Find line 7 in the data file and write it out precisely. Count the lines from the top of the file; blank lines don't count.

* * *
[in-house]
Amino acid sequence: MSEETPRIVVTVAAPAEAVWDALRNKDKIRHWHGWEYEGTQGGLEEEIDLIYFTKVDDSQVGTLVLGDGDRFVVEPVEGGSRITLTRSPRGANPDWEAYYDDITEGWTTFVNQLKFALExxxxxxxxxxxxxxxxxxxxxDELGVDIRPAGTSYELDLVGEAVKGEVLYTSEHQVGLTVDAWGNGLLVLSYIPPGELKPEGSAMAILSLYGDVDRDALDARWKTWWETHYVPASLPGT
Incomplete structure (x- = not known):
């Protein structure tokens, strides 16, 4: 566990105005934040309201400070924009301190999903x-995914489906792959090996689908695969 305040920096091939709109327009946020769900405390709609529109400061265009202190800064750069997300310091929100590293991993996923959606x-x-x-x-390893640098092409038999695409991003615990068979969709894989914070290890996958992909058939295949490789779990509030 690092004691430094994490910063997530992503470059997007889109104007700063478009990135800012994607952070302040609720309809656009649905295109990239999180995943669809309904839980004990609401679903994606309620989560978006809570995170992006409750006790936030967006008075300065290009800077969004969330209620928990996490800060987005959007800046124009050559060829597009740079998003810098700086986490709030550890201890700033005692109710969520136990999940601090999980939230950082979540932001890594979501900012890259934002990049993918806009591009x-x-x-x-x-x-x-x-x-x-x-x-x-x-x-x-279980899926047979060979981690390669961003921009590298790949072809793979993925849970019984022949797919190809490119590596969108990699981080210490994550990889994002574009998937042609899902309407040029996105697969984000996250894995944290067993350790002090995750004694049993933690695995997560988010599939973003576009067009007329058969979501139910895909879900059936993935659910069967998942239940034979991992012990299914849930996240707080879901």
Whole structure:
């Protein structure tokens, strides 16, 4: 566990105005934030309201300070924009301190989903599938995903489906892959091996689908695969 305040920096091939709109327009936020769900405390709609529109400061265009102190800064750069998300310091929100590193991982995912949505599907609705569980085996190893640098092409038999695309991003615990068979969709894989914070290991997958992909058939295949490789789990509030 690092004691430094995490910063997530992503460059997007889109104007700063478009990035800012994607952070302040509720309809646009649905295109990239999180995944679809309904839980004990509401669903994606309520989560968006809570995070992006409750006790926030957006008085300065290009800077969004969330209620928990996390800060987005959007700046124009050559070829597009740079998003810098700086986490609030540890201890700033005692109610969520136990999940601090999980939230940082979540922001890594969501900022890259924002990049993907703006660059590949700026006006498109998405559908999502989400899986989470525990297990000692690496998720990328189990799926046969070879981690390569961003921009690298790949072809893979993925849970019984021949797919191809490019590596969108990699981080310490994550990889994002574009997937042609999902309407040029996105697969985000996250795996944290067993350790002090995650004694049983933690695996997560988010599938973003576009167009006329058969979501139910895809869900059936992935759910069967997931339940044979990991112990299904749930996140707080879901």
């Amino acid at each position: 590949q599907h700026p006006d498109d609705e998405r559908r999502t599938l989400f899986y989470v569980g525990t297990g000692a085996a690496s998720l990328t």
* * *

């Amino acid at each position: 590949q599907h700026p006006d498109d609705e998405r559908r999502t599938l989400f899986y989470v569980g525990t297990g000692a085996a690496s998720l990328t």